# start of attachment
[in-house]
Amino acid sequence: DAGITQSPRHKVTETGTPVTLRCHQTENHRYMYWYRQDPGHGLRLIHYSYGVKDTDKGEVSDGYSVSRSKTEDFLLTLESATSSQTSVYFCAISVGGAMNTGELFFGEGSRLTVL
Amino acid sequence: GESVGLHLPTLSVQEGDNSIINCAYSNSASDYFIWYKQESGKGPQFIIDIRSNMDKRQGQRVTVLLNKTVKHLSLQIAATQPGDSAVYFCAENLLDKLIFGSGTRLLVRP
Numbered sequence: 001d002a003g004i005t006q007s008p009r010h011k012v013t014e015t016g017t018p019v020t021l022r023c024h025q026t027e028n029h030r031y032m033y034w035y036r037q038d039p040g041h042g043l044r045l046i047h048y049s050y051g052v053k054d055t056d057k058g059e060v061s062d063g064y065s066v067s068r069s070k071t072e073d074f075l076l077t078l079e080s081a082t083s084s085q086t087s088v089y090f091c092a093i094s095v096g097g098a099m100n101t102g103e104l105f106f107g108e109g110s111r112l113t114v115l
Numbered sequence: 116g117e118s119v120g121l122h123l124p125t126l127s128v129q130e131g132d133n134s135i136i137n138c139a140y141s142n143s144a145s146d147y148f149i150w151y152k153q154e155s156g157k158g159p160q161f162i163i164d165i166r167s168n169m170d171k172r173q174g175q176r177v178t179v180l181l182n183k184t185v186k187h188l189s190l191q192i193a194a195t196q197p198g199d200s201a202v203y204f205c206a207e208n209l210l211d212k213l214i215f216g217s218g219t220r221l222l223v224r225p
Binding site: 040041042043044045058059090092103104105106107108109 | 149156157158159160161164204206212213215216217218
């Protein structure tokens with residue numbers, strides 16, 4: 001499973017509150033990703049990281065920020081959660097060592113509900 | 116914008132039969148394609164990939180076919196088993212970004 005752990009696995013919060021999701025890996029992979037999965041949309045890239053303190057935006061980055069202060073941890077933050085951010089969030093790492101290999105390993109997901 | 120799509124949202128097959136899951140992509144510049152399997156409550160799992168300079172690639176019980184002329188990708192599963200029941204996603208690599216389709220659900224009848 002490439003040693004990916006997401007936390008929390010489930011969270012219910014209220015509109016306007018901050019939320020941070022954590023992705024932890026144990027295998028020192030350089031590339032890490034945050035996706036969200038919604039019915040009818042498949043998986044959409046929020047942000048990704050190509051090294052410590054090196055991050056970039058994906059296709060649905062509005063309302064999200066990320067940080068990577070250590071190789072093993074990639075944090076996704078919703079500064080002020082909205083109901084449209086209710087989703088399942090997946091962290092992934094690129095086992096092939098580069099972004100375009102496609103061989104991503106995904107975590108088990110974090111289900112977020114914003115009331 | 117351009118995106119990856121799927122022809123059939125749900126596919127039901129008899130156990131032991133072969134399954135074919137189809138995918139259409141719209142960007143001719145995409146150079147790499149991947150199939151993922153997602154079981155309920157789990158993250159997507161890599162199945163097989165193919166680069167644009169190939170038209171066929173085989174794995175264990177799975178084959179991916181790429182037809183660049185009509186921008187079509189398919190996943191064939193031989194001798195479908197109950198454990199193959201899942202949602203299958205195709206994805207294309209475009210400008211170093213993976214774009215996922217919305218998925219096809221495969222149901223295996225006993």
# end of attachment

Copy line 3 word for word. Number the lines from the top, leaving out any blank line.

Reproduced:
Amino acid sequence: GESVGLHLPTLSVQEGDNSIINCAYSNSASDYFIWYKQESGKGPQFIIDIRSNMDKRQGQRVTVLLNKTVKHLSLQIAATQPGDSAVYFCAENLLDKLIFGSGTRLLVRP